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August 2013

Here is a story that I would like to share with you.  It is a story that one of my coaching clients shared with me some time ago.  It was a moment that led him to understand the impact that culture can potentially have on business interactions.

My client was invited to a dinner that was between his European and Chinese counterparts.   The dinner took place in a Chinese restaurant in China. As is customary, the hosts selected the menu and adhered to foods and customs that were appropriate and respectful for their guest.  One of the many dishes was fish.  The fish head was placed on the table in front of the European guest.  When this fish head was served onto his plate he stood up, angry and disgusted that he was served something that he found extremely offensive, stating �I wouldn�t feed this to my dog�.

Was this a reaction or a response? 

Reacting and responding can have opposing effects on circumstances instantaneously, as was the case in this instance.  Luckily for everyone in the room my client realised immediately that this was in fact a cultural misunderstanding.  The fish head is always given to the guest of honour and it was clear to him that the guest of honour didn�t have this knowledge.  My client responded immediately by explaining this to both parties and diffused the situation.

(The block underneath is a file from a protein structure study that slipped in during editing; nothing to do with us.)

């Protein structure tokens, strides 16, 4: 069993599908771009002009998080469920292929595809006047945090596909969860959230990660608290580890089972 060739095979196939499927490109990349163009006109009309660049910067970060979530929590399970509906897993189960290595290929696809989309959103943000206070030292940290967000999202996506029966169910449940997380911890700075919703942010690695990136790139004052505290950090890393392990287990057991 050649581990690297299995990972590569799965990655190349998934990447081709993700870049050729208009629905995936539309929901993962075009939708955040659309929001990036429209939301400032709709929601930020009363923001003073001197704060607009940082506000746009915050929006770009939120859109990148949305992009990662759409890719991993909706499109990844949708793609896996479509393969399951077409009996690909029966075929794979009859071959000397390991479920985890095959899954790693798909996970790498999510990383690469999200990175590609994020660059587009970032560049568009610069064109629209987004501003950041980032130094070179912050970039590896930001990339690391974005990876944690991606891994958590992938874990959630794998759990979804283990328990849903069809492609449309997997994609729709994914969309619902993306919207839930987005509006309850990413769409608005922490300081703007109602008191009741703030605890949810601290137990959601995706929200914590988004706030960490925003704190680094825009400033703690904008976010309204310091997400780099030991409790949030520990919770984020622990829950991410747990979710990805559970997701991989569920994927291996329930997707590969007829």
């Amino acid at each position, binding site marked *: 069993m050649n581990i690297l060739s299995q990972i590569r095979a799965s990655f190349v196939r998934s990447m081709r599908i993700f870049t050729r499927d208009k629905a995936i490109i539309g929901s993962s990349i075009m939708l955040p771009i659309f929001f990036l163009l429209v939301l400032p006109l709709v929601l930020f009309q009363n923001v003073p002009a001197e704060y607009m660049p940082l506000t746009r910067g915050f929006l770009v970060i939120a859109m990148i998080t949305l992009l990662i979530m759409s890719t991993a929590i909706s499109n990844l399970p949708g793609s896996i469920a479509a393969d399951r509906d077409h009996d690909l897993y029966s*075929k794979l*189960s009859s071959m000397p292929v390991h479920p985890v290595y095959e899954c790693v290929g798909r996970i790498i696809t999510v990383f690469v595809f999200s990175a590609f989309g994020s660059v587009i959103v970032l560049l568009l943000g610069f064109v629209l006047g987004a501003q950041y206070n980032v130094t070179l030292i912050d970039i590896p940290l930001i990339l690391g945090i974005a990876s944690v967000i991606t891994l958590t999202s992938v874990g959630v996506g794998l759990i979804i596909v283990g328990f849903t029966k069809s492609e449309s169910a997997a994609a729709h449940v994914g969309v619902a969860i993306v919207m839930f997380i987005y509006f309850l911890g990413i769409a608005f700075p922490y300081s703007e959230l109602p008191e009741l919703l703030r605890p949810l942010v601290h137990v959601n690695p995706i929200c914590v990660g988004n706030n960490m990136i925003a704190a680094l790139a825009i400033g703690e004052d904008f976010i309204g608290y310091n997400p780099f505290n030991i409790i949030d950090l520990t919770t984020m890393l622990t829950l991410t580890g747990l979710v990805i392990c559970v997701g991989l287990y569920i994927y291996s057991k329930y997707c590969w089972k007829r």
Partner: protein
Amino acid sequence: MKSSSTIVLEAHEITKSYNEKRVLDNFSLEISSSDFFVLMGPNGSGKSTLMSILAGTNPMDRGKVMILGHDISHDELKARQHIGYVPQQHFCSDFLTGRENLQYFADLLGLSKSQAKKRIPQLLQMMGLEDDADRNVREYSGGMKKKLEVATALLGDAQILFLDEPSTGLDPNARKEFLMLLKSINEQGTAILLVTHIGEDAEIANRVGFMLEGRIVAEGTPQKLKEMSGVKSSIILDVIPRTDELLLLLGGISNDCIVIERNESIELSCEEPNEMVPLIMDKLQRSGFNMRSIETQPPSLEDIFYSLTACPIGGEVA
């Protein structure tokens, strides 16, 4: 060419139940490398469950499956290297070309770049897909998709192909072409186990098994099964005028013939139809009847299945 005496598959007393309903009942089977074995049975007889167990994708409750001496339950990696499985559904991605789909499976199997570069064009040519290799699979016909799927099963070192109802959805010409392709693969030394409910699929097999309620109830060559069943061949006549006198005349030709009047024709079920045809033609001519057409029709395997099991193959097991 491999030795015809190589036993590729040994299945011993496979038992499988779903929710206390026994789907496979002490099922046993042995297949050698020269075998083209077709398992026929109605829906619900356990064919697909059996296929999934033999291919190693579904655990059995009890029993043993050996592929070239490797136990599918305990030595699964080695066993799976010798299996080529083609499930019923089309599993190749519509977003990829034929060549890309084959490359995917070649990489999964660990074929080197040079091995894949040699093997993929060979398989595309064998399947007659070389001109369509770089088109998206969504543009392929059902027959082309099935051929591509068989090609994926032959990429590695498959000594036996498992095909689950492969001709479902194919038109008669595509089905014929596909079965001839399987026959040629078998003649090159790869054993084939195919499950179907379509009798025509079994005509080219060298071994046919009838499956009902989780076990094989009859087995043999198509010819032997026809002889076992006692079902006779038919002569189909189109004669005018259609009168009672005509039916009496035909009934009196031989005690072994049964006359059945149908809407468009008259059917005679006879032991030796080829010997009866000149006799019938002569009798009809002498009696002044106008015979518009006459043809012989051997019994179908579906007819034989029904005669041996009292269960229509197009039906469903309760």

In my mind this story is an example of a reaction.  He was defensive, angry and lost control.  The outcome was a tense and hostile environment that was received as offensive and rude by his hosts.

When we react to a situation or discussion it is automatic and instantaneous.  Our emotions takeover, we often lose control, change the tone of our voice, have angry outbursts, place blame on others, display intolerance and we can also have physical reactions such as excessive sweating.  A responsive approach involves thoughtful reasoning, allowing for a moment to gather thoughts and a greater degree of logic and observing our own emotions.

When we are working with people of different cultures reaction versus response is critical. There is a greater likelihood that you will find yourself in situations where you will need to check your behaviour more than you would otherwise.  A healthy level of emotional and cultural intelligence will help you to determine whether you are reacting or responding. 

Here are some strategies of how you can improve your levels of awareness and mindfulness when responding and reacting:

  • Immediately take a moment to stop.  Identify the situation, listen to what is being said and suspend judgement
  • Be empathetic.  Try to see the situation/argument from the other perspective for a moment
  • Be reflective of your thoughts and emotions.  How are they influencing your behaviour?
  • Diffuse the situation by putting some distance between you and the event.  This may involve temporarily suspending the conversation or requesting a moment for you to assess the situation and find your grounding
  • Remember that you have choices

This is by no means an easy feat; but it can heavily influence outcomes, broaden your perspectives and allow you to have greater control over the situation/conversation.